Improving the forward model for electrical impedance tomography of brain function through rapid generation of subject specific finite element models

Tizzard, Andrew (2007) Improving the forward model for electrical impedance tomography of brain function through rapid generation of subject specific finite element models. PhD thesis, Middlesex University.

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Abstract

Electrical Impedance Tomography (EIT) is a non-invasive imaging method which allows internal electrical impedance of any conductive object to be imaged by means of current injection and surface voltage measurements through an array of externally applied electrodes. The successful generation of the image requires the simulation of the current injection patterns on either an analytical or a numerical model of the domain under examination, known as the forward model, and using the resulting voltage data in the inverse solution from which images of conductivity changes can be constructed. Recent research strongly indicates that geometric and anatomical conformance of the forward model to the subject under investigation significantly affects the quality of the images. This thesis focuses mainly on EIT of brain function and describes a novel approach for the rapid generation of patient or subject specific finite element models for use as the forward model. After introduction of the topic, methods of generating accurate finite element (FE) models using commercially available Computer-Aided Design (CAD) tools are described and show that such methods, though effective and successful, are inappropriate for time critical clinical use. The feasibility of warping or morphing a finite element mesh as a means of reducing the lead time for model generation is then presented and demonstrated. This leads on to the description of methods of acquiring and utilising known system geometry, namely the positions of electrodes and registration landmarks, to construct an accurate surface of the subject, the results of which are successfully validated. The outcome of this procedure is then used to specify boundary conditions to a mesh warping algorithm based on elastic deformation using well-established continuum mechanics procedures. The algorithm is applied to a range of source models to empirically establish optimum values for the parameters defining the problem which can successfully generate meshes of acceptable quality in terms of discretization errors and which more accurately define the geometry of the target subject. Further validation of the algorithm is performed by comparison of boundary voltages and image reconstructions from simulated and laboratory data to demonstrate that benefits in terms of image artefact reduction and localisation of conductivity changes can be gained. The processes described in the thesis are evaluated and discussed and topics of further work and application are described.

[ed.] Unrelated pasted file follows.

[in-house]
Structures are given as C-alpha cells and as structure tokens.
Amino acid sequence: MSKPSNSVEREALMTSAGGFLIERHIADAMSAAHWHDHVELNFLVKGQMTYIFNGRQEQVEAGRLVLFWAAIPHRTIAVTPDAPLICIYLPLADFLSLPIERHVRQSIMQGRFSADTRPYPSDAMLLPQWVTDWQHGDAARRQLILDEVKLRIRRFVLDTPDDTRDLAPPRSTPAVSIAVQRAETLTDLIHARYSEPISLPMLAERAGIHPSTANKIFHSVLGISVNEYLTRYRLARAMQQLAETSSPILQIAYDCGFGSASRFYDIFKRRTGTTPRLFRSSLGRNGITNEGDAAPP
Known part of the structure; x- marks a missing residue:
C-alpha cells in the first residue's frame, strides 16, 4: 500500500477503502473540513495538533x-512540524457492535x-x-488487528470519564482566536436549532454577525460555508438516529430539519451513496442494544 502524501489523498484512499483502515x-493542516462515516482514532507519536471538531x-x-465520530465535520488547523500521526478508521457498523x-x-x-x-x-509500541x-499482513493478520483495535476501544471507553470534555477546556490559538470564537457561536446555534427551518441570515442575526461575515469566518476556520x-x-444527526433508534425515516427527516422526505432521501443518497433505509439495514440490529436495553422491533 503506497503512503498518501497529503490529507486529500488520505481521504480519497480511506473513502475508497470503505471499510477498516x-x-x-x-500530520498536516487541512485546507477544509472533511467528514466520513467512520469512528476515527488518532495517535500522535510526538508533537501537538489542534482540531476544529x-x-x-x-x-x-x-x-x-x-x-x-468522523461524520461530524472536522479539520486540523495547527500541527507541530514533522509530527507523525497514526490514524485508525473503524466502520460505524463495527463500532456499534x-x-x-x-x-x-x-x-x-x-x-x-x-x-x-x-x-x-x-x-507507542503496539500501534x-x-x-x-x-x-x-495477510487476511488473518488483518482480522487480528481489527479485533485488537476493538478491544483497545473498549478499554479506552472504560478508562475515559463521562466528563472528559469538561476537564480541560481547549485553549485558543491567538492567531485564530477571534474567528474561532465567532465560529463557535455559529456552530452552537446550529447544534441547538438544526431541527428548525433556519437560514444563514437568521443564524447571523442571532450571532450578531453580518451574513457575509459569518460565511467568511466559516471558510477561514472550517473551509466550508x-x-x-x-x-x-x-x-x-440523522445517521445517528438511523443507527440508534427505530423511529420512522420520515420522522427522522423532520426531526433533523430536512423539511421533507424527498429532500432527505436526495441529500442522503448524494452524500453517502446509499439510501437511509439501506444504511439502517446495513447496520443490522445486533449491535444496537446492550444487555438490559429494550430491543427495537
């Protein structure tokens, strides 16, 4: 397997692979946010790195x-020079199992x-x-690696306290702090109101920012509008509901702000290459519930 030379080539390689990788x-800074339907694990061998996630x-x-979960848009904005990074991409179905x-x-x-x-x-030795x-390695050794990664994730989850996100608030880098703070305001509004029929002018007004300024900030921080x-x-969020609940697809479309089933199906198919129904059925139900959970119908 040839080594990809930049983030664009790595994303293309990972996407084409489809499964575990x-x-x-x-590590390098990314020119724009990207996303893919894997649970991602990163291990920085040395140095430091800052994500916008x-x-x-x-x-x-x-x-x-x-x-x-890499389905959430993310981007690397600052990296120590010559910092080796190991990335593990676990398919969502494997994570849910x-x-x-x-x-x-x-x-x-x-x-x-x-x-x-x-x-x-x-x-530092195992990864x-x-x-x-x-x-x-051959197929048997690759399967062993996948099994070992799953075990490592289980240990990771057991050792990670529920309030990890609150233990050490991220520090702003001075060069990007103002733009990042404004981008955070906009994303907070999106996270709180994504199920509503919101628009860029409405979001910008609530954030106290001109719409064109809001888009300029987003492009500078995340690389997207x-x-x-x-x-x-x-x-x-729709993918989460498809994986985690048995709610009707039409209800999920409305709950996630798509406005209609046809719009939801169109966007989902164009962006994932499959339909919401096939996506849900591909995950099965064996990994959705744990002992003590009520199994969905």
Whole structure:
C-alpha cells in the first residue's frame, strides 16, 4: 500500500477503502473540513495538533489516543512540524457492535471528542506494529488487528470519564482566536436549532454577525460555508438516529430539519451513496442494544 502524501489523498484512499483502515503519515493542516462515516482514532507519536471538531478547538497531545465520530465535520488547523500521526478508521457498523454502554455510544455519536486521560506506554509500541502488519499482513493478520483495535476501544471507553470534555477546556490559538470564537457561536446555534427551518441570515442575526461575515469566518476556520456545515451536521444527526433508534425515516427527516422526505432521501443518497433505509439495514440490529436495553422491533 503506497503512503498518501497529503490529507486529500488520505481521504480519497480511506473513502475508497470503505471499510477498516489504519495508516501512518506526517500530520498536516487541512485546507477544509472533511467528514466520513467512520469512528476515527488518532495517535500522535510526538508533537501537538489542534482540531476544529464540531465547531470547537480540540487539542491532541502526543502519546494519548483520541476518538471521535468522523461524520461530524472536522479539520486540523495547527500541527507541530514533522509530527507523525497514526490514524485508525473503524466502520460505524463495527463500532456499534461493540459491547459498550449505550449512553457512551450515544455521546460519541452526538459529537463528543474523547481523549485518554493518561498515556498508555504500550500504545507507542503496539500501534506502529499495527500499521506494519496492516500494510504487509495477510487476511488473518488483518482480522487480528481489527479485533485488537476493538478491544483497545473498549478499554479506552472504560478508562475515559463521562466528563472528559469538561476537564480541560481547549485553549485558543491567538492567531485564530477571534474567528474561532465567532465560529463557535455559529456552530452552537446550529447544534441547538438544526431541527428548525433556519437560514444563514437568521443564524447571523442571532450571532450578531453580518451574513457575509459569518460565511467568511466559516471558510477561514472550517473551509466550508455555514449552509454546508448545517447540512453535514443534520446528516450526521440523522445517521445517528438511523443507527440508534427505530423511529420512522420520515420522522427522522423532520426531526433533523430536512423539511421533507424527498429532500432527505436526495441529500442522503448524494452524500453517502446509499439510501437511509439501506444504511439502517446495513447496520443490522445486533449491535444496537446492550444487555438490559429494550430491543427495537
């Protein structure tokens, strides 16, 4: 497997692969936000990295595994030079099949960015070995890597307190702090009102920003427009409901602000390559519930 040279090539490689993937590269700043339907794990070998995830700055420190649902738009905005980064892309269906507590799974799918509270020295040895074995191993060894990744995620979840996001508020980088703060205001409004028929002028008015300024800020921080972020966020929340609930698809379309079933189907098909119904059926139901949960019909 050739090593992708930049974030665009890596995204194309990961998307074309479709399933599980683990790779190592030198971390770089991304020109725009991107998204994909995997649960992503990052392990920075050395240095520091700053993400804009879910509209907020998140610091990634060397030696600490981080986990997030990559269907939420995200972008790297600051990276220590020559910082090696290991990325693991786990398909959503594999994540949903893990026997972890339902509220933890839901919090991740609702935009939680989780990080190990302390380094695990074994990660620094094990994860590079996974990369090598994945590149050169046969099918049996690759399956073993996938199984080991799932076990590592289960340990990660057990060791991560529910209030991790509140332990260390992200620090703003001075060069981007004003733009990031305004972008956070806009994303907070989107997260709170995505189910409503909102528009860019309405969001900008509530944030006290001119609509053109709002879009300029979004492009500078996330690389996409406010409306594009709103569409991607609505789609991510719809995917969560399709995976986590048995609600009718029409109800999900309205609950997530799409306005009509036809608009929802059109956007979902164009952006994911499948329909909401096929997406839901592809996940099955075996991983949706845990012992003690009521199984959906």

Item Type:Thesis (PhD)
Research Areas:Middlesex University Schools and Centres > School of Science and Technology > Natural Sciences
Middlesex University Schools and Centres > School of Science and Technology > Natural Sciences > Biophysics and Bioengineering group
ID Code:9329
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Deposited On:14 Sep 2012 08:19
Last Modified:02 Dec 2014 17:04

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